2 Experimental

2.1 Materials

All matrices, sodium trifluoroacetate, and potassium trifluoroacetate were purchased from Sigma-Aldrich (St. Louis, MO, USA), and used without further purification. Steel-target plates (MTB 384) were purchased from Bruker (Billerica, MA, USA). SpheriCal-Neat standards were obtained from Polymer Factory Sweden AB (Stockholm, Sweden). The protein calibrant “Protein Standard II” was purchased from the online Bruker Care Shop. ACTH fragment (18–39) was purchased from Sigma-Aldrich and insulin was purchased from Protea Biosciences (Morgantown, WV, USA).

2.2 Mass Spectrometry: Sample Preparation and Data Analysis

MALDI-TOF MS data were acquired on two different instruments. The first was a Bruker Autoflex III (Bruker Daltonics, Billerica, MA, USA) in positive ion mode using the flexControl 3.0 software. Reflector mode was utilized for samples below 7.5 kDa, and linear mode for samples above 7.5 kDa. Samples were deposited on the target plate via the dried droplet method by mixing 10 μL of 10 mg/mL of matrix, 1 μL of 2 mg/mL of sodium trifluoroacetate, and 2 μL of 2 mg/mL of dendritic calibrant. Representative acquisition parameters were: ion source 1, 19.0 kV; ion source 2, 16.3 kV; lens, 9.1 V, reflector; pulse ion extraction, 40 ns; detector, 1.905 kV. Approximately 1000 laser shot/spectra were obtained with a 1 kHz smartbeam II Nd:YAG laser and the laser intensity adjusted according to the signal intensity. All spectra reported were obtained using the Bruker Autoflex III mass spectrometer, unless otherwise noted. The second instrument used was a Bruker UltraFlex MALDI-TOF MS with a SCOUT-MTP ion source (Bruker Daltonics) equipped with a N2-laser (337 nm), a gridless ion source, and a reflector. Samples were prepared using 10 μL of a 10 mg/mL matrix solution of 9-nitroantracene in THF, 5 μL of a 1 mg/mL solution of the counter-ion source NaTFA, and 5 μL of a 1 mg/mL solution of analyte and deposited on the target plate via the dried droplet method. 9-Nitroanthracene and NaTFA dissolved in THF were used for sample preparation. All spectra were acquired using a reflector-positive method with an acceleration voltage of 25 kV and a reflector voltage of 26.3 kV. The laser was set to the lowest value possible to acquire high resolution spectra. The instrument was calibrated using SpheriCal calibrants purchased from Polymer Factory Sweden AB. The protein calibrant used for comparison was prepared following the instructions provided. The obtained spectra were analyzed with FlexAnalysis Bruker Daltonics ver. 2.2. The mass scale was preliminarily calibrated externally against SpheriCal dendritic calibrants obtained from Polymer Factory Sweden AB. Data analysis was carried out using FlexAnalysis Bruker Daltonics ver. 2.2 or 3.0 software, but the reported spectra are shown without smoothing, baseline subtraction, or further data modifications. Protein shelf life studies were carried out at room temperature and spectra obtained using the same proportions of analyte to a-cyano-4-hydroxycinnamic acid (CHCA) as a matrix. Internal calibration with insulin was carried out by combining 10 μL of 10 mg/mL of CHCA matrix, 1 μL of 2 mg/mL of sodium trifluoroacetate (omitted for spectrum generated without sodium), 2 μL of 2 mg/mL of dendritic calibrant, and 2 μL of 2 mg/mL ACTH (fragment 18–39). Once mixed, 3 μL of this solution was deposited on the target plate.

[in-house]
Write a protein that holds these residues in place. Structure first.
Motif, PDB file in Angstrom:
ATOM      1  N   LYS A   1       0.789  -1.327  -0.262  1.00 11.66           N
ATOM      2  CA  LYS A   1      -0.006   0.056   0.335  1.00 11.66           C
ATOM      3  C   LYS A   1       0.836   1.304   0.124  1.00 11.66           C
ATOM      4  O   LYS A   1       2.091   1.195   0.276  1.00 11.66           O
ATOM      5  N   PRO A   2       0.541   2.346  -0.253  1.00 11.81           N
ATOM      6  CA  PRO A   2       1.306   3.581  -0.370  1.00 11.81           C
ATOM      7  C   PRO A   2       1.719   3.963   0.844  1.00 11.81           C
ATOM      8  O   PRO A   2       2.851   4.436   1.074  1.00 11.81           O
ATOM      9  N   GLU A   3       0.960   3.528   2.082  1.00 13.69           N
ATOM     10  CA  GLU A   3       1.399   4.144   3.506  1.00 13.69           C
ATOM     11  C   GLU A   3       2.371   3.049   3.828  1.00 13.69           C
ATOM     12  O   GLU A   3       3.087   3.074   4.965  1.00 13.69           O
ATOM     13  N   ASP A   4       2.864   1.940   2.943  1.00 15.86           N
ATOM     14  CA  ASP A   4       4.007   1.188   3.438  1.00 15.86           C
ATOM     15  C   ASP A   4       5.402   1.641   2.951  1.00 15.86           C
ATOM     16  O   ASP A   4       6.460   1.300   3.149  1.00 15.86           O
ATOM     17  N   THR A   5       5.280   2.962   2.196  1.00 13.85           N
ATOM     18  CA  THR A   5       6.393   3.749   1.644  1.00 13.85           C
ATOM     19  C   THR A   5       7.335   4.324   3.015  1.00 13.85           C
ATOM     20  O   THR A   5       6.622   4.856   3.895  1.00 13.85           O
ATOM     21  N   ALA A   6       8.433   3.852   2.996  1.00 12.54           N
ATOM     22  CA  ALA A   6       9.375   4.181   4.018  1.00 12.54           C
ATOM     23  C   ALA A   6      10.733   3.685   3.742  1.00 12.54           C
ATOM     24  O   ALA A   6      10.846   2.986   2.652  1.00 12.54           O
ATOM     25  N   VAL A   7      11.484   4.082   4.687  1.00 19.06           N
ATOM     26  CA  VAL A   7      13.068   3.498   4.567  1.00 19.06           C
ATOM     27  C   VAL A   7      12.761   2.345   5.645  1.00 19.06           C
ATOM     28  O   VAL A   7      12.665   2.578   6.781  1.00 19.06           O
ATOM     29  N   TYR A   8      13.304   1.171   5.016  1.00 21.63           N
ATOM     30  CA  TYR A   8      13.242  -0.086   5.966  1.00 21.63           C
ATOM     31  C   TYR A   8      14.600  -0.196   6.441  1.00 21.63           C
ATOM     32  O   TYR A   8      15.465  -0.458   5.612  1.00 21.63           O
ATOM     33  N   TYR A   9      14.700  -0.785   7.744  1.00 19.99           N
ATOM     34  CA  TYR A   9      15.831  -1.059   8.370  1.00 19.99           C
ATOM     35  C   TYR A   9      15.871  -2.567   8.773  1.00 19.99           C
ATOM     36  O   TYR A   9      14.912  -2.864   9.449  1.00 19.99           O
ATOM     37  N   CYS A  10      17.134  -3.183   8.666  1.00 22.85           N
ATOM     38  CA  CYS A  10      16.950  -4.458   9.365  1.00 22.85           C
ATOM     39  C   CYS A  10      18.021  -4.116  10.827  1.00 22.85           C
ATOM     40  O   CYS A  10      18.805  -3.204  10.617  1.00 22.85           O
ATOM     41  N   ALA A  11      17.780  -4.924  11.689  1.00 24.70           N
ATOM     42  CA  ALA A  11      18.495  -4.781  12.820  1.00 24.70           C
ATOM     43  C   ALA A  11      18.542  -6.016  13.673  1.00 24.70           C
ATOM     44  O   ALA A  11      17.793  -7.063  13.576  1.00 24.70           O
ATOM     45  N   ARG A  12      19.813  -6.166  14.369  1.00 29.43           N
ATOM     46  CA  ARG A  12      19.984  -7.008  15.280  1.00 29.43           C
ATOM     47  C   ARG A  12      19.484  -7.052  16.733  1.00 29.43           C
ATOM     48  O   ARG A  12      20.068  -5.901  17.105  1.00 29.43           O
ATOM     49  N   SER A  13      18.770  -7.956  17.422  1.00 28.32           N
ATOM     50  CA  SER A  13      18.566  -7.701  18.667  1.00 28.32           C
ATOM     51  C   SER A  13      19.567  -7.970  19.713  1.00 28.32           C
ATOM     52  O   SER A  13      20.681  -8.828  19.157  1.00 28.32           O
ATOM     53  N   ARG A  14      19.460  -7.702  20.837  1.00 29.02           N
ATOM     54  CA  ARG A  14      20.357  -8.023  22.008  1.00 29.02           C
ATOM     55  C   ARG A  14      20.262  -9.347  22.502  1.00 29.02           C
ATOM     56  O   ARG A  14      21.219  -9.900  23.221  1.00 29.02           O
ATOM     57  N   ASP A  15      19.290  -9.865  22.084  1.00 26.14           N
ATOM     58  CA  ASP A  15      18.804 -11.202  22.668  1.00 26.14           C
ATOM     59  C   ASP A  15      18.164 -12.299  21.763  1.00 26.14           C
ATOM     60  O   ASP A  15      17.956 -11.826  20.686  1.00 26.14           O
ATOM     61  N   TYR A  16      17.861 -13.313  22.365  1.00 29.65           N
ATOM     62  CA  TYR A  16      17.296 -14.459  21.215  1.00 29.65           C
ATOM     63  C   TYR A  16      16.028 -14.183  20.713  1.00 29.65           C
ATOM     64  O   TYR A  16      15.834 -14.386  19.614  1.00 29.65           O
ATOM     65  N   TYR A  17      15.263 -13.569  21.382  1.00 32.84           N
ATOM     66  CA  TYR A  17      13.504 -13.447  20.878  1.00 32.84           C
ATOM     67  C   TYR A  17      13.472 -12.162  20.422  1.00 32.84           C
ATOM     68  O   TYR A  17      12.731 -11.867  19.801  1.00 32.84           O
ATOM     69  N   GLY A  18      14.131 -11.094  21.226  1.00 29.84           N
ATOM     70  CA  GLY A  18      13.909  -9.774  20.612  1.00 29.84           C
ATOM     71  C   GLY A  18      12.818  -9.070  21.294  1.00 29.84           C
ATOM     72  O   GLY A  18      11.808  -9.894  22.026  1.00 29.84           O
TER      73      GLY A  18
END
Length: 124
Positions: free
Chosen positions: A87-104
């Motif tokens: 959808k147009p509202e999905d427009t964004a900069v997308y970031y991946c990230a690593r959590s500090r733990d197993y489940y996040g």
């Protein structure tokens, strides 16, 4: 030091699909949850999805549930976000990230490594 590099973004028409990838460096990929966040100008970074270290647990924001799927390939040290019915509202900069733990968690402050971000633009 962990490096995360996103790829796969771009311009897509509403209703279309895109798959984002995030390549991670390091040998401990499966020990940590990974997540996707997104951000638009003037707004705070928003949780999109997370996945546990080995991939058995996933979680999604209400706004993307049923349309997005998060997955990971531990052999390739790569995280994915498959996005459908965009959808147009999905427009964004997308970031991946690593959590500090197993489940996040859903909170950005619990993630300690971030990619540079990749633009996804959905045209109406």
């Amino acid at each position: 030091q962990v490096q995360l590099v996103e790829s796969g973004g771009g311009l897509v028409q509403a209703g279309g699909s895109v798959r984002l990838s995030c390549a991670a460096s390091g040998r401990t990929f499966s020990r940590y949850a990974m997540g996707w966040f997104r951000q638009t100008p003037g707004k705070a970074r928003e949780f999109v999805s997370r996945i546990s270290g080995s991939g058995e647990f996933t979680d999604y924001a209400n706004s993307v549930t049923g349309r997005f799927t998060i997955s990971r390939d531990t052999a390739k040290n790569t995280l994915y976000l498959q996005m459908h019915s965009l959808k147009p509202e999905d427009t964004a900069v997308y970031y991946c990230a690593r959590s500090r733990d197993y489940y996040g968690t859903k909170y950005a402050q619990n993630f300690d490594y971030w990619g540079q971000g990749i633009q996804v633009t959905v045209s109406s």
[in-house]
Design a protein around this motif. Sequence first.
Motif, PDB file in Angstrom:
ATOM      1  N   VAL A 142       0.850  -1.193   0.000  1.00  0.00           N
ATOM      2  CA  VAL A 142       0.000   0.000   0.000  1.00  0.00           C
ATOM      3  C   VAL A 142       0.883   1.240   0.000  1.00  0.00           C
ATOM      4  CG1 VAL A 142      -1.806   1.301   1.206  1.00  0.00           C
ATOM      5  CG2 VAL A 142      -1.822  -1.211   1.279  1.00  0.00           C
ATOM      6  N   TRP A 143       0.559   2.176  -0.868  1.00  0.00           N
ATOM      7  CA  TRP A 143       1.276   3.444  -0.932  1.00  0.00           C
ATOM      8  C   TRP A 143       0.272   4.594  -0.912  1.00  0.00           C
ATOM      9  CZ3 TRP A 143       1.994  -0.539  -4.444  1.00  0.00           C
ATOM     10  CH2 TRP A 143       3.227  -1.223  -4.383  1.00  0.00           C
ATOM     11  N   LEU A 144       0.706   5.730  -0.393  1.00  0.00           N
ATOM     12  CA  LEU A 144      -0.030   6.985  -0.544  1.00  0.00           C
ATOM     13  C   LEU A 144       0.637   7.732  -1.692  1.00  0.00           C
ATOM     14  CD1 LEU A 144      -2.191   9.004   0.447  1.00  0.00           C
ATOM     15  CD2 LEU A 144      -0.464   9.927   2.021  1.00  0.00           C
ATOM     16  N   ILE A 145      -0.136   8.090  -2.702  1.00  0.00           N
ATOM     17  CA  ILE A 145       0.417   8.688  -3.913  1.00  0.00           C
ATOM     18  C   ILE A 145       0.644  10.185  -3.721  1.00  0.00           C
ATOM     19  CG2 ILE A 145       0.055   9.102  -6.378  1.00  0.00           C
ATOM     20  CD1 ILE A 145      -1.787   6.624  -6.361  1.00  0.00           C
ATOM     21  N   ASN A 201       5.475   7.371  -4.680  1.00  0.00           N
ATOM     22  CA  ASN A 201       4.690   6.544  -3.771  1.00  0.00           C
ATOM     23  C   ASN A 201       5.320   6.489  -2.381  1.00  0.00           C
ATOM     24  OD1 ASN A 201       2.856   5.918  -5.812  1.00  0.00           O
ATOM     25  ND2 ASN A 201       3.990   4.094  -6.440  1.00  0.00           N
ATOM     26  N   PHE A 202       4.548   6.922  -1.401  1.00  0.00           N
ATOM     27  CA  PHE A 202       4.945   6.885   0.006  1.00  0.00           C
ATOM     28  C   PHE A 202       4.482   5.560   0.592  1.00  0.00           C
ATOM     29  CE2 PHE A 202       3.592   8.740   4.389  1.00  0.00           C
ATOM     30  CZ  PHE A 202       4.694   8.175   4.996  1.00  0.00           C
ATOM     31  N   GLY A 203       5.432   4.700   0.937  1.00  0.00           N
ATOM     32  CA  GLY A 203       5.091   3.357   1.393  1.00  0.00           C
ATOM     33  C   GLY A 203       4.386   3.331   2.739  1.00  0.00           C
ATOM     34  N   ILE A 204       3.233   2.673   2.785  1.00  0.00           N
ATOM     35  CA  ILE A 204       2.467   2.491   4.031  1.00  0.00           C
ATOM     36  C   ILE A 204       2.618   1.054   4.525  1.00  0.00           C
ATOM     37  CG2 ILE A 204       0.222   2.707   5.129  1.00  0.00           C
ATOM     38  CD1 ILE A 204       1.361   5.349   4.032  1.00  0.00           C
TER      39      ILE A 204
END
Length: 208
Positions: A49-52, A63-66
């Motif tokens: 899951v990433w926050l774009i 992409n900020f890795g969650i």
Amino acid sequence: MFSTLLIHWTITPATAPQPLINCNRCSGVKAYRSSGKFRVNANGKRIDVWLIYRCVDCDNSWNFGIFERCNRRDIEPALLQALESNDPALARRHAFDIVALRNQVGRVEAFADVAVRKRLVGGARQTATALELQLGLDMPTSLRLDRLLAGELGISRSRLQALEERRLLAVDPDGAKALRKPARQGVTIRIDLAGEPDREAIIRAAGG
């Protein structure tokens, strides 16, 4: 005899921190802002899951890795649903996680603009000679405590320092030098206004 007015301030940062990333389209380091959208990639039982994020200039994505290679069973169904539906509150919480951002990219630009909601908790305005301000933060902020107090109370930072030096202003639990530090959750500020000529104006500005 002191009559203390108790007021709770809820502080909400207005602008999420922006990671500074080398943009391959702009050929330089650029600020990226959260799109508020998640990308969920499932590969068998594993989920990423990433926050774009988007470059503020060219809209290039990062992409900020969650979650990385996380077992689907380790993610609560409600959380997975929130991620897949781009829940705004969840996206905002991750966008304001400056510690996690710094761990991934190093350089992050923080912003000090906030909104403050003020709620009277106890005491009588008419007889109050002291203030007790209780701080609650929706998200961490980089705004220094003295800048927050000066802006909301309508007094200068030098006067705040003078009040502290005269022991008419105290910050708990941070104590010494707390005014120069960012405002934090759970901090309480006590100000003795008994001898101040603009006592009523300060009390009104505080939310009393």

3 Results and Discussion

3.1 Synthesis